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Maybe play Trial of Iron?

 

I started out with Trial of Iron, thinking it would add something for a first playthough.  I did enjoy the feeling it gave me, that sense that everything I was doing was irreversible and thus important.  Then I encountered a group of enemies that was too tough for me and boom - all gone.  I restarted in the hope that it was a fluke, but again, several hours invested, I ran across a different encounter that ended my game.  There are just some places where the threat level of the foes you meet are just suddenly higher than any of the others in the area, and running into those foes prematurely with little to no experience with the game is going to end badly.

 

I lost like 5ish hours to those two missteps, and it was very painful and frustrating.  I gave up on Trial of Iron because I realized that playing it means that sooner or later you're going to have like 50 hours invested in a game and lose it to one little mistake.  That's not the solution to the OP's problems.  No one's going to be able to relax and let mistakes happen when the mistakes carry such a severe consequence.

 

Maybe sometime I will give Trial of Iron another shot.  If I do, it won't be until I know every encounter like the back of my hand and I breeze through the game without a drop of sweat.

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I have spent a lot of time with Pillars thinking and reading but NOT playing. For me it has everything to do with a "new system." With D&D games you could just hit the ground running because, for the most part, the mechanics were the same. I was playing Blackguards prior to Pillars and, having never used the Dark Eye system, I spent a lot of time rerolling. New system = time figuring it out...for me.  

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So uh, hi everyone. I'm having some slight issues with character creation.

 

I'm experiencing fairly horrid reroll syndrome / OCD and absolutely cannot bring myself to play the game because sooner or later something about my character just seems off, wrong, unconvincing or just mechanically unsound and worthless. The farthest I've gotten with a single character so far? Gilded Vale. ENTERING Gilded Vale, that is.

 

The amount of different options and mechanics means that it's basically impossible to create a character that would have all of its aspects be in harmony with eachother. You can either have character that's actually worth half a damn gameplay-wise OR a character that's interesting and seems to come to life on its own, not both. Unless you consult dozens of guides and how-to's, of course.. But that just feels wrong.

 

The inherent fault here probably lies with the fact that you have to fabricate the entirety of the character's background at the kick-off. Contrast that with say, Baldur's Gate where most of your character's background and traits exist only in the currents of the player's imagination. There's very little emergence here, in contrast. I find myself constantly trying to abide by this preset make-believe background and it just claws at my mind how much that limits my enjoyment.

 

Very few of the gameplay mechanics are explained beforehand. A perfect character otherwise might very well get simply gored later on because you tried to spice it up a little. I'd rather not fall into min-maxing and constant cookie-cutter builds because that would gnaw at my enjoyment of the storyline incredibly much.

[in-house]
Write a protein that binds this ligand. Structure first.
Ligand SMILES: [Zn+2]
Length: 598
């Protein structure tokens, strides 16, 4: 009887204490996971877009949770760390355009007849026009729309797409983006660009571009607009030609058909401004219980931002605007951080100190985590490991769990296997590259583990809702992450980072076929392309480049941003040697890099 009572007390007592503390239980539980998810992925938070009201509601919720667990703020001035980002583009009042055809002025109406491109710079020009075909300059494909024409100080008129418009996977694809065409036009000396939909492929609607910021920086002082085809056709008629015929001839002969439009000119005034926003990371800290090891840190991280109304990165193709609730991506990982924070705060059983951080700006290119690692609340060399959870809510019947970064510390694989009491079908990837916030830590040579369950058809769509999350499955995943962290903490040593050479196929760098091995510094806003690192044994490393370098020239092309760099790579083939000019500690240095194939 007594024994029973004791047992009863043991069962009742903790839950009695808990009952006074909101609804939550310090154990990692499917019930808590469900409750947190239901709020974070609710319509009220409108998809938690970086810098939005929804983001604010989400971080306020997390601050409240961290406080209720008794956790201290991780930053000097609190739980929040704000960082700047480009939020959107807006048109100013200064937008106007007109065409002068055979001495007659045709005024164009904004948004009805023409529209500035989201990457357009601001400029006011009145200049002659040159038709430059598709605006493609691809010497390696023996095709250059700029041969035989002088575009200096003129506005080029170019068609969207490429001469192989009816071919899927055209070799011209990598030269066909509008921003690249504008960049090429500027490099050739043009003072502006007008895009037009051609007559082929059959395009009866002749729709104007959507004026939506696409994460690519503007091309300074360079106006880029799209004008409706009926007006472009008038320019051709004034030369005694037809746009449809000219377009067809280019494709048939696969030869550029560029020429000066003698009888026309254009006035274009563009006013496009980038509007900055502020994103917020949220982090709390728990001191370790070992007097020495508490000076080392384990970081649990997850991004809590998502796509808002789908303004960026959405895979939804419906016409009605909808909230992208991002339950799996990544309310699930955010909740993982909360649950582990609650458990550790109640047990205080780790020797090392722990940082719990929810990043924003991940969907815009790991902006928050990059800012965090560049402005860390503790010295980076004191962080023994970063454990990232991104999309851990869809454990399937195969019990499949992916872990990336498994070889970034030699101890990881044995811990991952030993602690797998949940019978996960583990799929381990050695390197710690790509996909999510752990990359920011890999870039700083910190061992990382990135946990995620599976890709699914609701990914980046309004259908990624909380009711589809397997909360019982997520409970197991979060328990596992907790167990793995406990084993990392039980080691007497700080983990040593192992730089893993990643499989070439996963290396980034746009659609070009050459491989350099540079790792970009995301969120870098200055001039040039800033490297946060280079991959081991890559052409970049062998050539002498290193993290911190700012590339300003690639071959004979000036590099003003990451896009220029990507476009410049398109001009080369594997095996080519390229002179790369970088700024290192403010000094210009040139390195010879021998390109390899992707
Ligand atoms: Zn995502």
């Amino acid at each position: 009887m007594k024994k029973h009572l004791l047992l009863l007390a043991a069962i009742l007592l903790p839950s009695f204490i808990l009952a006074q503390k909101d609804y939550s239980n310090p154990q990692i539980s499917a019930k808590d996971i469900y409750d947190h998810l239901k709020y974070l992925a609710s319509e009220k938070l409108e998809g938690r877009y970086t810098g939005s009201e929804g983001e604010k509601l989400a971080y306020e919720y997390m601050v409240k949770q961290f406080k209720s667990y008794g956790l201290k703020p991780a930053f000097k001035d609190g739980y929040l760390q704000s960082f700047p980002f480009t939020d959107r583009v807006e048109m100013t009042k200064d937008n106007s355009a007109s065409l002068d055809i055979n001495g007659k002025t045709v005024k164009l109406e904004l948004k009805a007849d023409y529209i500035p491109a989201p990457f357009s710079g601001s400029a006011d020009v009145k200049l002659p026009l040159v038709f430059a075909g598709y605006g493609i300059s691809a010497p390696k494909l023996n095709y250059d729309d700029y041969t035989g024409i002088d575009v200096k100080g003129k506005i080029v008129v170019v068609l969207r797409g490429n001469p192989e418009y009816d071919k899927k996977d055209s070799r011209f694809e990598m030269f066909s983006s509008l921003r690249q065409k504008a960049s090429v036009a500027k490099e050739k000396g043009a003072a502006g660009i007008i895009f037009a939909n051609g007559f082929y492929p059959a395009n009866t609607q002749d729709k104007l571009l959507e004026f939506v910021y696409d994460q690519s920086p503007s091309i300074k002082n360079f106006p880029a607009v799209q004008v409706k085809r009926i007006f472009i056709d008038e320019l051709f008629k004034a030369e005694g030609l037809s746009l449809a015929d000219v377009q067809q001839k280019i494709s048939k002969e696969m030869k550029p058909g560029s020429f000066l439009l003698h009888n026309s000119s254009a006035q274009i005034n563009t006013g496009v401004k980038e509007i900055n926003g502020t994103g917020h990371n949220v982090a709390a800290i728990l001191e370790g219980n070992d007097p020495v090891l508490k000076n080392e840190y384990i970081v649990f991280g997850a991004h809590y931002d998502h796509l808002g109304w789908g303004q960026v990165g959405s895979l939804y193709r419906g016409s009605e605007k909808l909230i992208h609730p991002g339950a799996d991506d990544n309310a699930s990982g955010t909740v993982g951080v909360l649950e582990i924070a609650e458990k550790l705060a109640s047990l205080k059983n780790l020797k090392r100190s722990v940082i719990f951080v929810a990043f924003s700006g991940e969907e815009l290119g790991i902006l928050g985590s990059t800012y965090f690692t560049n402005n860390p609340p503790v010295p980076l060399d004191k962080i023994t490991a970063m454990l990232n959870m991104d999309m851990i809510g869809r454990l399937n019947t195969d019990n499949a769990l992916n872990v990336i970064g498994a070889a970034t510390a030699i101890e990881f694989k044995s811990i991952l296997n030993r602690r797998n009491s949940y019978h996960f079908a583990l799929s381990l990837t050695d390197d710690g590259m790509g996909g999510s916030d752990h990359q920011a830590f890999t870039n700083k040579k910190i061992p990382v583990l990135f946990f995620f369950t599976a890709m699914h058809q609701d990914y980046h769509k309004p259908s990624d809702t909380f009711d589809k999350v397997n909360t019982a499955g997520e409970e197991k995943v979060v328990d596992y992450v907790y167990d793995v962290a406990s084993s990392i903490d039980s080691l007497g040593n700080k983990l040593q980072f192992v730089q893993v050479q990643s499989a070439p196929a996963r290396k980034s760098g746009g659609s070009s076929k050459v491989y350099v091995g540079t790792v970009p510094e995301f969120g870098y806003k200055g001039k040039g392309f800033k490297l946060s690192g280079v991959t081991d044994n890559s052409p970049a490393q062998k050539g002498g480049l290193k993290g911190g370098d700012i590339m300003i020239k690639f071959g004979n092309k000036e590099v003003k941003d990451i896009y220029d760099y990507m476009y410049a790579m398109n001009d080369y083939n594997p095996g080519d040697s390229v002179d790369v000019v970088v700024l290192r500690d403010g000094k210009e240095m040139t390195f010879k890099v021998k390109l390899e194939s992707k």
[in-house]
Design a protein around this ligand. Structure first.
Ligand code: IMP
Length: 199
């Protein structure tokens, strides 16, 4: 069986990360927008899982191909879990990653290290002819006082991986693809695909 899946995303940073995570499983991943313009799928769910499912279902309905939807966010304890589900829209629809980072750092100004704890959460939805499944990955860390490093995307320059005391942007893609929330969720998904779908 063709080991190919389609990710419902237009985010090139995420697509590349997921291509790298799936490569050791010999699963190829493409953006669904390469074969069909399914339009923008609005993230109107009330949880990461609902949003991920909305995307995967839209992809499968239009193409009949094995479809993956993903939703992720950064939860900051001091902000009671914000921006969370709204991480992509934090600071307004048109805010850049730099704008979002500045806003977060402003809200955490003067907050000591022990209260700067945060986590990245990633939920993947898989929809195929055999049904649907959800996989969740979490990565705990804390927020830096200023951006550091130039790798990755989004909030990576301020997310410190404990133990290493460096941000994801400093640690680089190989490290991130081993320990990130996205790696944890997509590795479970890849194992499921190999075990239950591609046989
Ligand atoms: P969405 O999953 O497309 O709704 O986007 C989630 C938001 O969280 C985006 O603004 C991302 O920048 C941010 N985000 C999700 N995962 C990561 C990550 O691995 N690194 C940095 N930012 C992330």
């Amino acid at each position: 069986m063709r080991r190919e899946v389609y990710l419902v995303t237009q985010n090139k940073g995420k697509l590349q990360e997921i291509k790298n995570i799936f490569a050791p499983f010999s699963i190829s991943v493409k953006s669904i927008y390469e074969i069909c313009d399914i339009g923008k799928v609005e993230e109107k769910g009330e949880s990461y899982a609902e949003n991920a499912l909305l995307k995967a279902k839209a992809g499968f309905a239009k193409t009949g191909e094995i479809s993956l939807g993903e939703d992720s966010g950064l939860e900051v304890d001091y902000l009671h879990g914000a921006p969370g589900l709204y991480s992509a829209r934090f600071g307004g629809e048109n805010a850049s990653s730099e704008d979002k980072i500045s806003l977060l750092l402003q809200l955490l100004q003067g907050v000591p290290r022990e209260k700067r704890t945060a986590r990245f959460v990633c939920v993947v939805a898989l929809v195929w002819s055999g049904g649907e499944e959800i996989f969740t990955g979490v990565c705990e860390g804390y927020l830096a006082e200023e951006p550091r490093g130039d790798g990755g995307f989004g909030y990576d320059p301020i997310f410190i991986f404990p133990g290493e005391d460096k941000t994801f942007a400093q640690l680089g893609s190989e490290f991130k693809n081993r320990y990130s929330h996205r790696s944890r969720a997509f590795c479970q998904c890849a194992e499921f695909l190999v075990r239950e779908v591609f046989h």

I just.. Ugh. I feel like I threw forty denars down the drain. I quite simply cannot cope with this. To find any enjoyment, I'd have to spend tens of hours studying the game, spoiling the plot completely and crafting a perfect character that has a fully pre-built lifespan from the beginning to the end. I've experienced the same feeling before with other games of course, but none quite as severe as here. But I suppose that this is the eternal curse of having to try and make something a story as well as a game system at the same time.

 

Is anyone else going through something like this or am I just mad?

 

I read that whole thing. But I don't think you understand what you are getting when you first create a character in a game like this. Whether it be some form of D&D character creation of something a little different in a game like this. Basically when you create a character for the first time you are not going to be able to make a "perfect character" you're really make a base foundation. The perfect character come way later in the game. As you go and level up, see the character die, rest, win tough battles then the character will start to really take shape.  At the start you are really only adding what? The first parts of creation like rolls on stats or perks/feats really are just there for a base to get you over the hump of the first 25% of the game. After that then that's where you can really start looking in depth to the mechanics of spells abilities so on... not at the beginning.  And this comes from someone that truly loves making characters in games like these. I've always found that the best time to really make a character "perfect" isn't the first playthrough. 

 

I see though that you mostly want a character or group that can have a life and background of its own? Well its not going to happen in a game like this. Visually seeing them, with set dialogue and quests, your more likely to find what you want in a regular game of D&D, you want options and harmony try playing D&D pencil and paper you'll have your perfect characters there.

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I'm well into Act 2 and regretting some of my choices (though not so much at initial character creation as later selections).  But it's still going pretty well, and I'm too caught up in the story now to want to start over at this point.